English as a Second Language/Have to and must


Dear Shannon,

Quote from English for starters 9 - Activity Book - by Cheryl Pelteret)

Help box:Use 'have to' to express strong obligation coming from someone else and 'must to' express obligation coming from you. Use should to express mild obligation.

4. Complete the text with should/shouldn't, must/mustn't or have to/don't have to.

When you write a story, you 'must' remember to use the correct punctuation. Remember, in English, you 'must' start a sentence with a capital letter, and you 'mustn't' forget to put a punctuation market at the end of it...


Of course, to me the answers provided in the answer key are confusing and contradictory enough because the author chose one option only, namely 'must', although to me 'have to' is the correct one.

Please help me out.

Lots of thanks.
Kindest regards,
Antoine Ghannoum

You know, in American English, we rarely use "mustn't."  The truth is, there isn't a huge difference between must vs. have to (when used in the positive).  Both are obligations, so don't worry about the extremely slight difference.  The thing to remember is that there is a change in meaning when used in the negative.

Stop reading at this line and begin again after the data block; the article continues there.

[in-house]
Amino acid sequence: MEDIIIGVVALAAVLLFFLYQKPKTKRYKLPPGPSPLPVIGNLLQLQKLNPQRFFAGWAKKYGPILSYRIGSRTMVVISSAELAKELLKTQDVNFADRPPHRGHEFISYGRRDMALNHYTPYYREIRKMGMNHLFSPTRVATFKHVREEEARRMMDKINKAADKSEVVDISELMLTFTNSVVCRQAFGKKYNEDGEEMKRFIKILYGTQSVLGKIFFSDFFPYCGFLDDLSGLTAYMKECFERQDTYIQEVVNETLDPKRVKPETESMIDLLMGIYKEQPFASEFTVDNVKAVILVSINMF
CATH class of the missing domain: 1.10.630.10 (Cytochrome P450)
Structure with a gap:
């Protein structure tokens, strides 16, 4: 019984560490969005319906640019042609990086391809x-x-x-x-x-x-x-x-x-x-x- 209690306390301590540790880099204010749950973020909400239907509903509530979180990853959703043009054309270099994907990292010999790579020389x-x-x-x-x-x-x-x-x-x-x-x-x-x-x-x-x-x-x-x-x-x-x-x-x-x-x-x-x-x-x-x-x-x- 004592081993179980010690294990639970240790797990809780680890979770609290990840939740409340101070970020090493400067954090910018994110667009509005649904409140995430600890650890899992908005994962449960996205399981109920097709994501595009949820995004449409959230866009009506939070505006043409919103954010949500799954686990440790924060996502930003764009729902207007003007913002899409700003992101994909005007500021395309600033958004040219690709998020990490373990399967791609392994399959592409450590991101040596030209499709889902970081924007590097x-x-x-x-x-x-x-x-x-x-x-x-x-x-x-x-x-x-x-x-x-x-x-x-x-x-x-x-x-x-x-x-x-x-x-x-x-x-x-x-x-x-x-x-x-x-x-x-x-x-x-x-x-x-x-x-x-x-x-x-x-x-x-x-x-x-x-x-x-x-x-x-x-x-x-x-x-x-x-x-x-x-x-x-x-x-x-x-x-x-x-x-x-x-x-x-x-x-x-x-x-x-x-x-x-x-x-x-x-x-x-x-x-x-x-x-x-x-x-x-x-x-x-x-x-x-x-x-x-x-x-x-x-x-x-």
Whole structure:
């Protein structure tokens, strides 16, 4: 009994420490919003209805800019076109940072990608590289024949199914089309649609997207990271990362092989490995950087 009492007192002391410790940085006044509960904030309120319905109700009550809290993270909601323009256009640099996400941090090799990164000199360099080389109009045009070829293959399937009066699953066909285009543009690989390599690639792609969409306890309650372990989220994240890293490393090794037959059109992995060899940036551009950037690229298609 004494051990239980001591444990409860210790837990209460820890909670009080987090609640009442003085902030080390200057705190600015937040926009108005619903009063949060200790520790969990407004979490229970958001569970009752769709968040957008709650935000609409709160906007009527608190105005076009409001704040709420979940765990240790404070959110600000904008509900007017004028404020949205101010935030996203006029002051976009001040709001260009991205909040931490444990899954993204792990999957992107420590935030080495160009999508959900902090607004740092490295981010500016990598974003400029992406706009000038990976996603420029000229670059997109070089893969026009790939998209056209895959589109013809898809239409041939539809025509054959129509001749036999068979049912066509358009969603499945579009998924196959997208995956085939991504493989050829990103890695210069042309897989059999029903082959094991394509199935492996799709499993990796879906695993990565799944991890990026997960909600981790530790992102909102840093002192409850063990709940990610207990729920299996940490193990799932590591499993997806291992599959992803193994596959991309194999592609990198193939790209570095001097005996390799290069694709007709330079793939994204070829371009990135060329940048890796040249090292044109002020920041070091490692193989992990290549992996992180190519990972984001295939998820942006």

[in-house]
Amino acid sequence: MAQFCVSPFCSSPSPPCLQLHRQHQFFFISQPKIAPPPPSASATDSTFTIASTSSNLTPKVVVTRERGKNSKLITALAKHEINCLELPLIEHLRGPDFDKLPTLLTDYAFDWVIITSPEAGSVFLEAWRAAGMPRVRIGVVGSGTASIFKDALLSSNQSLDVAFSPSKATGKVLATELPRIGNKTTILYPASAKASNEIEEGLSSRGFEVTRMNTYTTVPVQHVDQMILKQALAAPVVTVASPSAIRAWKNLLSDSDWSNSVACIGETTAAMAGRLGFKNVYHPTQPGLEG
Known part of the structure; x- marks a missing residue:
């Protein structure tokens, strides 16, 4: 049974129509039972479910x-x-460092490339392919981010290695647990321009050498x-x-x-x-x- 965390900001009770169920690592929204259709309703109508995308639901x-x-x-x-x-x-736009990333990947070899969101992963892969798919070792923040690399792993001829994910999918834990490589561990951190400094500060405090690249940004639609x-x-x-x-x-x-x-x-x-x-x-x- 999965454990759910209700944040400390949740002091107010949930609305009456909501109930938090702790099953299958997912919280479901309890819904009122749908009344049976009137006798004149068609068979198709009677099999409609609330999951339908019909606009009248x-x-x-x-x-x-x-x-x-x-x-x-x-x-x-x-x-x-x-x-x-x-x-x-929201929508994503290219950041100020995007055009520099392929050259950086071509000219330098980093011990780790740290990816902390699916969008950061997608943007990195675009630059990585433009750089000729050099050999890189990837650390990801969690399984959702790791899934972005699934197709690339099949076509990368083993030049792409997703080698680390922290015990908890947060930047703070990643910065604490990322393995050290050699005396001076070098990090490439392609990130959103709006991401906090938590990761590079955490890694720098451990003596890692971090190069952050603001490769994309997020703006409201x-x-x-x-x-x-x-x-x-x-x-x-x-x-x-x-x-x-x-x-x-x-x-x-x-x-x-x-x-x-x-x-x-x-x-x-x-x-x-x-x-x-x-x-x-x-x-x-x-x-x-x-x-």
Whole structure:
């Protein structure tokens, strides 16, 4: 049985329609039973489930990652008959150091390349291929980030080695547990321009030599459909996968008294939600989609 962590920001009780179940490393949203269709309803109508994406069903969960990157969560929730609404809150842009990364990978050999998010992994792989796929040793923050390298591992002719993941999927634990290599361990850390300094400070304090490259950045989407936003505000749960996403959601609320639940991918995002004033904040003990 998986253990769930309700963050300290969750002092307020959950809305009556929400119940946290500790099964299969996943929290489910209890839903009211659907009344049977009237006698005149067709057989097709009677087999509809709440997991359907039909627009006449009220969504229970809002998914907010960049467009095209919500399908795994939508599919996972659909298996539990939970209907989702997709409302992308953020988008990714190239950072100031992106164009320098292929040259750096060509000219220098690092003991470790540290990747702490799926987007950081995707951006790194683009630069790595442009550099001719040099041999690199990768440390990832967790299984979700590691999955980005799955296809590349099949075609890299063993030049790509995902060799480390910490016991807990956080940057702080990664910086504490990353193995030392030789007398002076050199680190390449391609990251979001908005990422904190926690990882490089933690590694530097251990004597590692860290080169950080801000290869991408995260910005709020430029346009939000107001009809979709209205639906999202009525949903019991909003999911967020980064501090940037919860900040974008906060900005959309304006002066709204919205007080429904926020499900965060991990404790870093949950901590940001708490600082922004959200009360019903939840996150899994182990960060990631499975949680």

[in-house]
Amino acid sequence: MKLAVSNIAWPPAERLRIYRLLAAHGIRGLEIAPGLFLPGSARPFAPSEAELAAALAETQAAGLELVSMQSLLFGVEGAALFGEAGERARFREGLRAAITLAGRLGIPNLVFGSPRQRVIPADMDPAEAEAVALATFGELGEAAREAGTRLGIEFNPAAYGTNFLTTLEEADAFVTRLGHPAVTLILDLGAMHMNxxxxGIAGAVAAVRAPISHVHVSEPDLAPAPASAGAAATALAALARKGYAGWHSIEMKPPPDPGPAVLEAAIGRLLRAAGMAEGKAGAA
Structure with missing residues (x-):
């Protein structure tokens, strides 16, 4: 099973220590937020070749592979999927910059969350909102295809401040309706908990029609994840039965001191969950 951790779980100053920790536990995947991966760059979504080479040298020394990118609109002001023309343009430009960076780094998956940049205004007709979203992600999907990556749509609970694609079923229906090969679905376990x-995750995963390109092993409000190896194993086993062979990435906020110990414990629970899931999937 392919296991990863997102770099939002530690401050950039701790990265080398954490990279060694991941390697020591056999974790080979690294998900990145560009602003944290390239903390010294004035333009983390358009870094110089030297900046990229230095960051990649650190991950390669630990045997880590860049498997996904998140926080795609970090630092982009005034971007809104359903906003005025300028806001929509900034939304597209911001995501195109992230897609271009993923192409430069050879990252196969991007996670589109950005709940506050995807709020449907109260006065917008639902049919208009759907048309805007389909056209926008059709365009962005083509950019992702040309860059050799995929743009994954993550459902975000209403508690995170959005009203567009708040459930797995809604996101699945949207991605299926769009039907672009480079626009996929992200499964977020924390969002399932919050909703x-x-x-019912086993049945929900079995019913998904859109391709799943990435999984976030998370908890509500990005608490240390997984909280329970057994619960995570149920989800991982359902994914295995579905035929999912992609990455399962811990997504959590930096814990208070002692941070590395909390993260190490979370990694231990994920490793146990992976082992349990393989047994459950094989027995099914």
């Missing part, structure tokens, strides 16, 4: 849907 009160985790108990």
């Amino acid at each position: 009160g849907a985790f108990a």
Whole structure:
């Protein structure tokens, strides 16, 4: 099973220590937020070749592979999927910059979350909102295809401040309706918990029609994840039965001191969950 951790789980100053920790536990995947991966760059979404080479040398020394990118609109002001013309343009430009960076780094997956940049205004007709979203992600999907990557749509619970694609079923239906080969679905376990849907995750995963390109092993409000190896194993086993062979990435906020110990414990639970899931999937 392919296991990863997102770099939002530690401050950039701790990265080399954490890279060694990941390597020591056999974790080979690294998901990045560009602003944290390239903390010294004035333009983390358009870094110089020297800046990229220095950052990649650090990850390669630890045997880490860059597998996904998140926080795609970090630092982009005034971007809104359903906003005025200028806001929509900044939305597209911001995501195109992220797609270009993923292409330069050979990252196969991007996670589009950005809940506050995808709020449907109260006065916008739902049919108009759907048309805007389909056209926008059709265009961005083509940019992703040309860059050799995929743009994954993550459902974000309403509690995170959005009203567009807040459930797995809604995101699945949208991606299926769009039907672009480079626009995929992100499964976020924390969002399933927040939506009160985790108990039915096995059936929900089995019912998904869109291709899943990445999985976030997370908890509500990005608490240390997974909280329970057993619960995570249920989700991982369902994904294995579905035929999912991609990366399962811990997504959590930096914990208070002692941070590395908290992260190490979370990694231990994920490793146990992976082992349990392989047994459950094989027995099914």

You have to clean your room.   = You have an obligation to clean your room.
You don't have to clean your room.  = It is not necessary / it is optional to clean your room.

You must clean your room.  = You have an obligation to clean your room.
You must not clean your room.  = You are forbidden / not allowed to clean your room.

English as a Second Language

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Shannon Cole


I can answer questions related to learning the English and Spanish language.


I have taught ESL and Spanish since 1998 at the university and middle school levels. I am a native of the U.S., and have taught in both the U.S. and Mexico.

I am owner and operator of www.coleinstitute.com, an online language school.

Georgia TESOL in Action (1999)

B.A. in Spanish; M.Ed. in Language Education

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